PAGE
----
Examination of the patient with a musculoskeletal tumour

Examination of the patient with a musculoskeletal tumour differs a little from a routine examination of a limb. The aim is to look for findings which support your diagnosis.

When examining a mass, you should consider the following:

  • site
  • size
  • depth (superficial to deep fascia or involving/deep to it)
  • shape and surfaces
  • fluctuance
  • pulsatility
  • tethering of overlying skin
  • draining lymph nodes
Associated features might include:
  • lymphoedema
  • involvement of neurovascular structures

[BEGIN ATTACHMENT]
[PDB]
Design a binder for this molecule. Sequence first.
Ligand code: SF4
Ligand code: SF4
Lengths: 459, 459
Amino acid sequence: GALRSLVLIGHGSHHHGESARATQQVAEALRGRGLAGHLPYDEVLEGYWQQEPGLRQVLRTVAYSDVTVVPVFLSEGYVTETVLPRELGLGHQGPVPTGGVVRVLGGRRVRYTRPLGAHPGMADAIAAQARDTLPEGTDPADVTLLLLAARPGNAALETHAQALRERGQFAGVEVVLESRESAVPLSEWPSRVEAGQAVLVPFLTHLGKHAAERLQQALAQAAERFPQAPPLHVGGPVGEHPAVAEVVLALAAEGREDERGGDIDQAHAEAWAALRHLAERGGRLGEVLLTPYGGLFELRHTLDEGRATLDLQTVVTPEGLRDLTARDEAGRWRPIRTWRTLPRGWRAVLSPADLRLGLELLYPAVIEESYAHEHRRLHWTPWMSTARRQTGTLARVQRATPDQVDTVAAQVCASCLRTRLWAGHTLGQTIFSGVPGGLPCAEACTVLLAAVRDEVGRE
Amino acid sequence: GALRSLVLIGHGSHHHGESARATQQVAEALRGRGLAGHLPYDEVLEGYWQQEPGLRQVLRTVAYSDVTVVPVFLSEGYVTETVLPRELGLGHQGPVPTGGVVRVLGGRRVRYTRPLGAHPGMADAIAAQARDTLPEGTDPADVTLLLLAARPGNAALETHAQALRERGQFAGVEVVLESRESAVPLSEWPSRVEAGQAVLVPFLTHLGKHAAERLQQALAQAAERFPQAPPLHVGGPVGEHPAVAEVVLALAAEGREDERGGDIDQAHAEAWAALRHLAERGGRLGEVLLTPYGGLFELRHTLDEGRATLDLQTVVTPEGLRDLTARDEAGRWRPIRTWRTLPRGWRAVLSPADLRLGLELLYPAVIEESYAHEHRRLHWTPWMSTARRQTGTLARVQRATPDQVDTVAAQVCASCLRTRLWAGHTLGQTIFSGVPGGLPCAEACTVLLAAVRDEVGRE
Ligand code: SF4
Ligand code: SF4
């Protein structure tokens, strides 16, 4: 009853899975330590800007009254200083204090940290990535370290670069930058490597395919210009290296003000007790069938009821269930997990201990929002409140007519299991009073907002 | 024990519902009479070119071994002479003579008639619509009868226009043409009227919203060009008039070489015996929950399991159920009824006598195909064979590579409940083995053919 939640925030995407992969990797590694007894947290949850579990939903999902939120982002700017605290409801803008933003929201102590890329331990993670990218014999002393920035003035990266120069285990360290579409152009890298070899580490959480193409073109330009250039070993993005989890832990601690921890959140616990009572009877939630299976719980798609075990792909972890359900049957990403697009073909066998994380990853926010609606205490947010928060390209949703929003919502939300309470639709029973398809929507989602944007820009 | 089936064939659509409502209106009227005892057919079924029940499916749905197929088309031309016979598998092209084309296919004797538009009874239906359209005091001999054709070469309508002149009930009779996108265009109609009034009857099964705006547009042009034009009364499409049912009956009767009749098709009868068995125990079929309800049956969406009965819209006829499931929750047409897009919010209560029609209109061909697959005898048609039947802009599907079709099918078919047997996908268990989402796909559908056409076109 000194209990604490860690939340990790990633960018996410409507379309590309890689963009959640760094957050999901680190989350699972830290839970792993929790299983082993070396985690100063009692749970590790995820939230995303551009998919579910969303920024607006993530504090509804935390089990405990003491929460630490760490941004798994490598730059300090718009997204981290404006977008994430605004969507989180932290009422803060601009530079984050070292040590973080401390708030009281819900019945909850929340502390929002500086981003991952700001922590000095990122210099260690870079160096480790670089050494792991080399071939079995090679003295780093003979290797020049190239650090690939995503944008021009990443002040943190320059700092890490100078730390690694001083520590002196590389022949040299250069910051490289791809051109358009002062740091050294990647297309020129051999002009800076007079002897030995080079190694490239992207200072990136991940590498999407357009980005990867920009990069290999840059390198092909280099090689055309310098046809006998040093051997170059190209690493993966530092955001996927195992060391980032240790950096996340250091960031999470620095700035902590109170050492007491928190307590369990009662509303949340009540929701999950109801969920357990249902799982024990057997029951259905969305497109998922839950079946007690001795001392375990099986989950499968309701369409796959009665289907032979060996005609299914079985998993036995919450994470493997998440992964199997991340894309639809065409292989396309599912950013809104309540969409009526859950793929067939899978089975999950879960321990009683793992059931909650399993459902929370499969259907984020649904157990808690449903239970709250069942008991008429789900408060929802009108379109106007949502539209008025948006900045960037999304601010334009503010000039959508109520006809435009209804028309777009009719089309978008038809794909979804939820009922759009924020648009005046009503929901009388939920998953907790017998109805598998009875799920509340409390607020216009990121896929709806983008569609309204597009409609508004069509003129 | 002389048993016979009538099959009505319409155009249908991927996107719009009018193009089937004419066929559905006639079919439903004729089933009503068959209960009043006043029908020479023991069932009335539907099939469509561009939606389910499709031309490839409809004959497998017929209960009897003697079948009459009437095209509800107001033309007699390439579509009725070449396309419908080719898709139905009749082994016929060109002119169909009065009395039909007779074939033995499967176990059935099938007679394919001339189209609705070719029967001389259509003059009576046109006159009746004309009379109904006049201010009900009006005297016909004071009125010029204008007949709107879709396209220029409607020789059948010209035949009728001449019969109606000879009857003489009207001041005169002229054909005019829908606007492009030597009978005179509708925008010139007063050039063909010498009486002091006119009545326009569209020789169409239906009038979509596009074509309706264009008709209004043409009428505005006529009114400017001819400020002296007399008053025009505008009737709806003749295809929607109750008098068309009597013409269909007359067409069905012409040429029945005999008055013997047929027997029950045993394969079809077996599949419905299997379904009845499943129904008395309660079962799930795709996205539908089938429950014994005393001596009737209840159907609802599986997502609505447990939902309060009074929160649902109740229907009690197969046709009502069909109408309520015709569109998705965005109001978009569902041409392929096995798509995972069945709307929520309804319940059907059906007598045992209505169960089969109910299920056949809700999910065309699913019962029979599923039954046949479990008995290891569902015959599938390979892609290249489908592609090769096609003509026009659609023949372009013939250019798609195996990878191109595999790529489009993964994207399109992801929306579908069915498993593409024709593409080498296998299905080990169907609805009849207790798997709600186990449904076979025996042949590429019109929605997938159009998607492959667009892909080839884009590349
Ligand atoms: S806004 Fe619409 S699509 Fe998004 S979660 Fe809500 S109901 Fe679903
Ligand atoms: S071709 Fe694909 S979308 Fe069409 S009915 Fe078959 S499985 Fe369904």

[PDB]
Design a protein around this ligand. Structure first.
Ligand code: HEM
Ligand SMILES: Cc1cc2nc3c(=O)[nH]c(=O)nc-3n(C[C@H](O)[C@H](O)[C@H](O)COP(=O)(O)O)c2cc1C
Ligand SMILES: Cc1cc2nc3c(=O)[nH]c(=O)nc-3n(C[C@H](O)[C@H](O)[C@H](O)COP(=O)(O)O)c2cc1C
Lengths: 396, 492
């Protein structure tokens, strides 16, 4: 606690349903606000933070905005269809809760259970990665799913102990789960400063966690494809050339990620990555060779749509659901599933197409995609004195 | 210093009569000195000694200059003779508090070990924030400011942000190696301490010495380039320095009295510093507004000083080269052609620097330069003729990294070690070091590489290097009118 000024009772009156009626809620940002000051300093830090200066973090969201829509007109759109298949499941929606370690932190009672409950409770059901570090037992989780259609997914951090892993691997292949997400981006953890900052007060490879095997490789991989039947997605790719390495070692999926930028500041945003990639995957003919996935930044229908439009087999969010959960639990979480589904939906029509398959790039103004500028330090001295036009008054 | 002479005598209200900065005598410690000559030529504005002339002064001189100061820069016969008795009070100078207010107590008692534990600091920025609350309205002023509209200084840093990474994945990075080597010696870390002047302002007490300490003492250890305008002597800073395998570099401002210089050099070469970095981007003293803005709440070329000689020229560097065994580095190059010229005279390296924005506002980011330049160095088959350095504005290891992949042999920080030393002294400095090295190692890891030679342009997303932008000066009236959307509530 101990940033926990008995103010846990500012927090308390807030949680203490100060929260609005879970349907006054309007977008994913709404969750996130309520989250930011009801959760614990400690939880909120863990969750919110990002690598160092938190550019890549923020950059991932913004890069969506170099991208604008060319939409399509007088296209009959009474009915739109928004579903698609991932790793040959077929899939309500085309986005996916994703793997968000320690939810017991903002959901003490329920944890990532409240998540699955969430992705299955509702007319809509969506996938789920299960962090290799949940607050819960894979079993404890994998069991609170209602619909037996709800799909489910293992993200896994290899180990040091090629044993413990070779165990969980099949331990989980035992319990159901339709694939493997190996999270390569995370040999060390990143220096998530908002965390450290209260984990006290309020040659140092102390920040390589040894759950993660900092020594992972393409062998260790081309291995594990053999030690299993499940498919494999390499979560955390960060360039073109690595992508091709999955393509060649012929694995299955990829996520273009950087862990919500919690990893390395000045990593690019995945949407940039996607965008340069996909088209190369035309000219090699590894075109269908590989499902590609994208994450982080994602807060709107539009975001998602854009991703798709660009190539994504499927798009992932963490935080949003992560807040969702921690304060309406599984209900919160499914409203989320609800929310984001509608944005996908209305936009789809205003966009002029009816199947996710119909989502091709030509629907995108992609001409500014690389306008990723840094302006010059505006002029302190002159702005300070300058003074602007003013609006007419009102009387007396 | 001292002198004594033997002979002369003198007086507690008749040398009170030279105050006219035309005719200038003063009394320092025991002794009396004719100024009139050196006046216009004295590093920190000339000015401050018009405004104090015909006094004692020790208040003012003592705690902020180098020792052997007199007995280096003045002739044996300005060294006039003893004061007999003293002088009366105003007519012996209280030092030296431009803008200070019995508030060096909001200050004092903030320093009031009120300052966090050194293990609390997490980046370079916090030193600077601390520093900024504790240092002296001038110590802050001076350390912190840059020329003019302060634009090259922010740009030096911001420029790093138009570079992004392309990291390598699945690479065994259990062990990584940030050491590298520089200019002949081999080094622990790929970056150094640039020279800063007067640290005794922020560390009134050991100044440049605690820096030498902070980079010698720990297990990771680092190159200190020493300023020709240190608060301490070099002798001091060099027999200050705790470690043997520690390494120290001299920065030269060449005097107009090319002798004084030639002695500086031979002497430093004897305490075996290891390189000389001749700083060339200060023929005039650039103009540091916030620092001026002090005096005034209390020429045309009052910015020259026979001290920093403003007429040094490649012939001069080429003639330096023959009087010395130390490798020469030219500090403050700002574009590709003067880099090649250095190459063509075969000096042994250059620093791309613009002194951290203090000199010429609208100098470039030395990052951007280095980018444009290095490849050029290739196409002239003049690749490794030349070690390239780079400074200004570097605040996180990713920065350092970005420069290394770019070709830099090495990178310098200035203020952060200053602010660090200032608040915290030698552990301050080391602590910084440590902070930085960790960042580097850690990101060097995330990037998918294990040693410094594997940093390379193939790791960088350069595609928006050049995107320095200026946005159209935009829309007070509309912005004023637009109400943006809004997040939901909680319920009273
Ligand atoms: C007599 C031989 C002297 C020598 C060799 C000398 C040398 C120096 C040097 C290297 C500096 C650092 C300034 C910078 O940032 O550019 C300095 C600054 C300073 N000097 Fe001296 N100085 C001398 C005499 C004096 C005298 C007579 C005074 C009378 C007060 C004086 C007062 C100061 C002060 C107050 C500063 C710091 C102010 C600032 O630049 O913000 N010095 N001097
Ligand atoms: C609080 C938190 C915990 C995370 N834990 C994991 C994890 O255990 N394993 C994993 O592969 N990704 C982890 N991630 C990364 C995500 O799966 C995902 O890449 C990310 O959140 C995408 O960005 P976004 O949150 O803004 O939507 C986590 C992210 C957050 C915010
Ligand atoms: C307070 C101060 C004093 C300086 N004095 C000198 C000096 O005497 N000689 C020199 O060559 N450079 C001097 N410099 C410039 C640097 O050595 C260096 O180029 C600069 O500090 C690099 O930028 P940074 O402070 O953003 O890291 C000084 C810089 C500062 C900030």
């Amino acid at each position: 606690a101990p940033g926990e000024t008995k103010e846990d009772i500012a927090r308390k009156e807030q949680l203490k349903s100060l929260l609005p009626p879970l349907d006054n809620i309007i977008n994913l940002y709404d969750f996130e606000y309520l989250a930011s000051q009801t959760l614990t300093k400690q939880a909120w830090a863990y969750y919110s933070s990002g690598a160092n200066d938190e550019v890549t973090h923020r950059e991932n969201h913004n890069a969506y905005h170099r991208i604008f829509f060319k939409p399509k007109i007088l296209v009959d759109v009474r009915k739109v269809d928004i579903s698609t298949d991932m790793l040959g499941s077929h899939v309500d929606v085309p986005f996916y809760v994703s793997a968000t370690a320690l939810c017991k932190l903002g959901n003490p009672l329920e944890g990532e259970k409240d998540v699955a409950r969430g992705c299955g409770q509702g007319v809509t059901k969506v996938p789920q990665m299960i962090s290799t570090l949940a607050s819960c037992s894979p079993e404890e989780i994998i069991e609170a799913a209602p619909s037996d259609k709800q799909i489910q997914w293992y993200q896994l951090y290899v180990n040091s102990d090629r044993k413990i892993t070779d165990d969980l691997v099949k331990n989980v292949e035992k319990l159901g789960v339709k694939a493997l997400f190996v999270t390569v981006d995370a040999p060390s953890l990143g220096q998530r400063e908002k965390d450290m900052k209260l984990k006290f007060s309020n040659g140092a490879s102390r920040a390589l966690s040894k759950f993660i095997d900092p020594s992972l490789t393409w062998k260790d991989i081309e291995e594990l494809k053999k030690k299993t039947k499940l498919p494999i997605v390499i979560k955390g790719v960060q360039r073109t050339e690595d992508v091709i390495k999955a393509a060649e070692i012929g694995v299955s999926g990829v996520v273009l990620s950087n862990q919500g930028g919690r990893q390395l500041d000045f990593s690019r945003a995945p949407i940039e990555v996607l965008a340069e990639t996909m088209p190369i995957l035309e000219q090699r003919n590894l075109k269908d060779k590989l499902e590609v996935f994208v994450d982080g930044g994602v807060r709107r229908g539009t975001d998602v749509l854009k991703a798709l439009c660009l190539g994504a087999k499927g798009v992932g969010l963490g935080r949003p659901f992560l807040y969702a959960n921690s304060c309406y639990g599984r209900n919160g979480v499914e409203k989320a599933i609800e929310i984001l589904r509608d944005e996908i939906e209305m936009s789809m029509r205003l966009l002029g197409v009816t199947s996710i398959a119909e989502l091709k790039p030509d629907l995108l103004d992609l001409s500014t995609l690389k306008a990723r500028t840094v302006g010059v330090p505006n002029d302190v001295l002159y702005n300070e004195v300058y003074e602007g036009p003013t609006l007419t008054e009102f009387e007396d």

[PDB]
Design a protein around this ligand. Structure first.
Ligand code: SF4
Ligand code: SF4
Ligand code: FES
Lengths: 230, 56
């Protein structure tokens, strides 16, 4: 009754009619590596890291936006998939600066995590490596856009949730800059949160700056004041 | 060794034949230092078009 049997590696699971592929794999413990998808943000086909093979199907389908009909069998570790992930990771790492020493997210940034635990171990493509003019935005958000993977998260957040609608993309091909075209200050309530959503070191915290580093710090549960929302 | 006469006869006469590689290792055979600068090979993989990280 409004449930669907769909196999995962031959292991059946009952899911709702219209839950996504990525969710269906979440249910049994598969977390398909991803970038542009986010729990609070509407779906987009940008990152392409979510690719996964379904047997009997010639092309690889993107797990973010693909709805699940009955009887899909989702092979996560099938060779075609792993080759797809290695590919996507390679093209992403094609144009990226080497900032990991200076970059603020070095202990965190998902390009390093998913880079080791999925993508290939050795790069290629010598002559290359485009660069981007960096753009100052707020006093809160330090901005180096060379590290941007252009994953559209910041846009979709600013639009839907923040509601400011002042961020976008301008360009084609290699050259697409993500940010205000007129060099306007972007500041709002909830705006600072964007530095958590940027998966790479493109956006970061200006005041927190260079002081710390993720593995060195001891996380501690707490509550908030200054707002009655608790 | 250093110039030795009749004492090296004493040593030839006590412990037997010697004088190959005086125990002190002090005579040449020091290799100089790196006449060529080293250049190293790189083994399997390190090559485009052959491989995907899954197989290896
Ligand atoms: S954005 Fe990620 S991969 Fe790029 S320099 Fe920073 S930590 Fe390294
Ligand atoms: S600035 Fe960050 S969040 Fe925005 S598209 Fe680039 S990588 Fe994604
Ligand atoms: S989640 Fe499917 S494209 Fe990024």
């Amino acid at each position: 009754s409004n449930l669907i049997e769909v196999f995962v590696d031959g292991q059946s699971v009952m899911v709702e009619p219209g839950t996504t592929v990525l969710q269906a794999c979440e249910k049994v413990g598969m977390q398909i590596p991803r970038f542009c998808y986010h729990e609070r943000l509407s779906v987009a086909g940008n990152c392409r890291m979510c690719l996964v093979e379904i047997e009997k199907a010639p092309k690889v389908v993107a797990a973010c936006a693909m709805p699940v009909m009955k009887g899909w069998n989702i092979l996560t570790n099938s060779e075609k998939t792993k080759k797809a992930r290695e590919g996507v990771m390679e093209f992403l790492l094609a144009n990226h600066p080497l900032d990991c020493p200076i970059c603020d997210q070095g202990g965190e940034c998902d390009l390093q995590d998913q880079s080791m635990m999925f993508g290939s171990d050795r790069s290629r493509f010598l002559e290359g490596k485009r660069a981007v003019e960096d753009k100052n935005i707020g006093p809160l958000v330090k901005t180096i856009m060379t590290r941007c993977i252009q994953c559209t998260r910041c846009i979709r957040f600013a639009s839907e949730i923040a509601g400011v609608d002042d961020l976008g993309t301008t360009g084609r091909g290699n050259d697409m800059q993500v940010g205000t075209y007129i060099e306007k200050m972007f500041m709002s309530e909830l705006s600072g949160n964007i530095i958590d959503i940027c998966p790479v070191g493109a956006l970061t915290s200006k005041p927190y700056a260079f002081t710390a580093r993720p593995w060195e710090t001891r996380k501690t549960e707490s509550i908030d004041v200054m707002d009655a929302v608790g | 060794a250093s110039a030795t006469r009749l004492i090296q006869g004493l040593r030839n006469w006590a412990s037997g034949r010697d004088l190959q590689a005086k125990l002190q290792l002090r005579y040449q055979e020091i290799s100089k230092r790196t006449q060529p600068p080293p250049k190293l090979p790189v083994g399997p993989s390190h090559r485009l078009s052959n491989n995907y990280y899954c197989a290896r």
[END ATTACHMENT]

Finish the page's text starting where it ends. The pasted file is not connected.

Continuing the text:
• signs of malignancy elsewhere (eg abdominal masses)
  • involvement of an adjacent joint
  • other masses elsewhere (eg hereditary multiple exostoses)
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Taking a history

Taking a history from a patient with a suspected bone or soft tissue tumour requires a different emphasis from the rest of orthopaedics. Particular features to note include:

  • Length of history (is this a preexisting mass that has changed?)
  • Rate of growth
  • Pain history (site, character, severity, radiation, modifying factors, periodicity – is there mechanical or night pain?)
  • Previous surgery at the site of interest (ie is this a local recurrence?)
  • History of ¬†malignancy (could this be a metastasis?)
  • History of a predisposing condition (eg Hereditary Multiple Exostoses)
  • Previous radiotherapy
  • Family history (think ¬†inherited disorders like Li Fraumeni syndrome)
  • Symptoms suggestive of malignancy (eg weight loss, lethargy)